Industry progress was halted immediately after the announcement of World War II. Once-enjoyed tranquility had turned to ruin and German industry was nearly devastated, which included the destruction of the Borgward factory. Facing this disheartening situation, Carl Borgward had, before him, unprecedented challenges. A judgment loomed over the 40-year-old tycoon.
Indeed, the war had not shattered Carl Borgward’s dream. Like embers after a fire, he was poised a new opportunity would materialize. Finally, in 1949, as the world reembraced peace, the German economy showed signs of recovery. With courage and perseverance, Carl Borgward gathered former company engineers and designers once more to formulate a comeback. His extraordinary insight played a key role in the comeback – ascertaining that most automobile manufacturers were still obsessed with pre-war design concepts– design concepts which fell behind the designs found in the United States. To make a quick return, he once again found a reason to innovate. This time, he perfected the “pontoon” design genre from the US to create the Hansa 1500, his first new model after the war.
Hansa 1500 made a sensation at the 1949 Geneva Motor Show! The success of the Hansa 1500 once again proved Carl Borgward’s ability to foresee future demand and come up with an idea with the potential to succeed. By then, Borgward became a well-known name in the industry. Postwar Germany’s automotive industry experienced a new “renaissance” in German automobile demand following the introduction of Borgward’s Hansa 1500. Automobile companies like Mercedes-Benz, Ford, and Opel successively adopted the “pontoon” design, which remained popular for 10 years following Borgward’s initial release of the Hansa 1500 in 1949.
Complacency never factored into this automotive genius’ playbook. Not satisfied producing the most popular models; in his scrutiny, peak speed and excellent control are tantamount to high-quality automobiles. Under his keen interest in car racing, Borgward was credited as the first German car brand to return to the race track after the war.
Due to the seemingly prohibitive sum required to enter auto racing, his team opposed the decision. Carl Borgward, however, stood firm on his decision despite the detractors to create INKA, a sports car with a streamlined aluminum alloy body. Borgward’s INKA raced on the Montlhery track in France, breaking a dozen world records and it, along with Porsche Spyder, was benevolently nicknamed Heroic Duo, asBorgwardtied Porsche for this coveted title.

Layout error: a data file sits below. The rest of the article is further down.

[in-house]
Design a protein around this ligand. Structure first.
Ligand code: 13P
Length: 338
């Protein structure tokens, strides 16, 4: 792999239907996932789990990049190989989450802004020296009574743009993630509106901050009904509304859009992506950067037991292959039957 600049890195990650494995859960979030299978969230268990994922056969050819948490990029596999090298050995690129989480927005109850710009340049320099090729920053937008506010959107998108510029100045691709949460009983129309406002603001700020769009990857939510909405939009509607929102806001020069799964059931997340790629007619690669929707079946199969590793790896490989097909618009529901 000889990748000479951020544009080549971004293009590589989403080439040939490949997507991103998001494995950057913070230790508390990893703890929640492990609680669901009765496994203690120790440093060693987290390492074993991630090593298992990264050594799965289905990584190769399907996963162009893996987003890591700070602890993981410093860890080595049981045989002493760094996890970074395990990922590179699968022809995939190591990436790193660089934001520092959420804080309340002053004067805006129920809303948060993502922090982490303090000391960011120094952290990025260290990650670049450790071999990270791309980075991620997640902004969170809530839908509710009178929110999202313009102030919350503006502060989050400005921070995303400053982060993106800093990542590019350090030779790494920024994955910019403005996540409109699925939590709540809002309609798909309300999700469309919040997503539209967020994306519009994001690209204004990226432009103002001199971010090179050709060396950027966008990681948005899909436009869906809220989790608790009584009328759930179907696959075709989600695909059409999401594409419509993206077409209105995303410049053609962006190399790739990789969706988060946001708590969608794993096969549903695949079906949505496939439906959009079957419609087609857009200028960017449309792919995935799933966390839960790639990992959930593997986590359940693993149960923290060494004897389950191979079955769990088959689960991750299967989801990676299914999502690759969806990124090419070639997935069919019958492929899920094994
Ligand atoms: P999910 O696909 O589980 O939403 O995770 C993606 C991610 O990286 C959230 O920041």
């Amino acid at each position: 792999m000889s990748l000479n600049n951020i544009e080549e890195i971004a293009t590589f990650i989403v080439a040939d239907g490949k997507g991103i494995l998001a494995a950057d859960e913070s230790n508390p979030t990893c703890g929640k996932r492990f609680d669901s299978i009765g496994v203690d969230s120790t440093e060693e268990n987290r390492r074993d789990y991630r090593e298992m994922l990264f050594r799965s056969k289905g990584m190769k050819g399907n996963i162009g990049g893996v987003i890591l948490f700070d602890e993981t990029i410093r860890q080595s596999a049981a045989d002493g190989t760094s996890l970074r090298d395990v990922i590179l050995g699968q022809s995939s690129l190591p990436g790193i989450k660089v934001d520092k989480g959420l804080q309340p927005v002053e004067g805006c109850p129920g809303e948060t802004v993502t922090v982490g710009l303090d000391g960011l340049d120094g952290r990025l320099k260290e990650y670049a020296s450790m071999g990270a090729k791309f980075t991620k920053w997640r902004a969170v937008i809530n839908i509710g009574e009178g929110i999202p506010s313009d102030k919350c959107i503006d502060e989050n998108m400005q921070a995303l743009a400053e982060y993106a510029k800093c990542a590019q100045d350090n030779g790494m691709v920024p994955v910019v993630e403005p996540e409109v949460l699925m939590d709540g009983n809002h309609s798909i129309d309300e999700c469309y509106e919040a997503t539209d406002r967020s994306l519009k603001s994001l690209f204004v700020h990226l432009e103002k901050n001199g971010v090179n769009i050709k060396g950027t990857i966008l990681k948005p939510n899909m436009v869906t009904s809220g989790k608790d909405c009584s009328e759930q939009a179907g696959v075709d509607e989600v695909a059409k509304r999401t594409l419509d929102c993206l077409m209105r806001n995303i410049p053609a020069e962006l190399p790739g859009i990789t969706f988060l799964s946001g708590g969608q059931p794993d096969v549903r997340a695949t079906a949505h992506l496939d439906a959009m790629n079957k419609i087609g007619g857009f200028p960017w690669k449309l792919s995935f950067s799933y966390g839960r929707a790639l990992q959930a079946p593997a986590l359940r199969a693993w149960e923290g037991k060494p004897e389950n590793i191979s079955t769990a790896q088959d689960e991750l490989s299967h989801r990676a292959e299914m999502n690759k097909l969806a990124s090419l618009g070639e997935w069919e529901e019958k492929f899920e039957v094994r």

In 1950, to continue the company market leadership position, Carl Borgward researched heavily into engine technology. A giant leap in the field of automotive engines occurred when FSI (Fuel Stratified Injection) was applied for the first time into the Goliath GP700! This technology brought efficiency automobile engines. Mercedes-Benz, BMW, Bosch, and Siemens have all invested in R&D to strengthen this technology. Nowadays, FSI (Fuel Stratified Injection) technology has become an essential feature standard for nearly every car brand.
Entering into additional segments early was another strategy used to beat the competition. Borgward’s Lloyd LP300, the result of closely monitoring customer demand, fulfilled market potential as one of the world’s first compact cars. For the first time, it adopted new materials to replace the steel body, ushering in a new epoch with a lightweight body to compete with the Beetle. Compact cars failed to attract attention in the traditional dealer showroom, however, but this didn’t deter Carl Borgward. Instead, he decided to build an independent sales network, recruiting compact car dealers and setting up sales and repair shops across Germany. This initiative was later emulated by Smart. Correct market segmentation and proper marketing strategy resulted in substantial numbers for the Lloyd LP300 and its later models became market leaders. By the time Mercedes-Benz, BMW, and Opel were aware of market opportunities in this segment, it became difficult to challenge the Borgward brand
A new technological breakthrough was revealed in 1953. No car manufacturer in Europe was able to integrate automatic transmission into a car in the early 1950s, seen as a very advanced concept in that era. While others shied away, Carl Borgward saw this as an opportunity and began to experiment, until he successfully created the Hansa 2400, the first luxury car with an optional automatic transmission. The innovative three-gear transmission and hydraulic torque converter were independently developed in-house, highlighting Borgward’s innovative organization.
In 1954, Borgward’s greatest masterpiece was created. Carl Borgward, at the age of 64, designed the Isabella, his most aesthetically-pleasing vehicle to-date. Isabella became an instant sensation as a car that had all the gusto, including a new engine, chassis, and body. To cater to consumer preferences, Isabella had an elegant aerodynamic body with extensive use of chrome trims. Once launched, it competed directly with the Mercedes 180 and received wide fanfare: “Isabella has an irresistible charm. With its streamlined appearance, spacious interior, outstanding temperament, and amazing speed, it is such a marvelous model.” Market feedback and consumer demand greatly encouraged Carl Borgward to extend the vehicle line-up to include the Isabella convertible sedan, TS version, station wagons, and various other models. Among the new lineup, the Isabella two-door coupe was named as the German dream car in this ‘economic miracle period’. Isabella sales exceeded 200,000, no doubt a triumph in that era.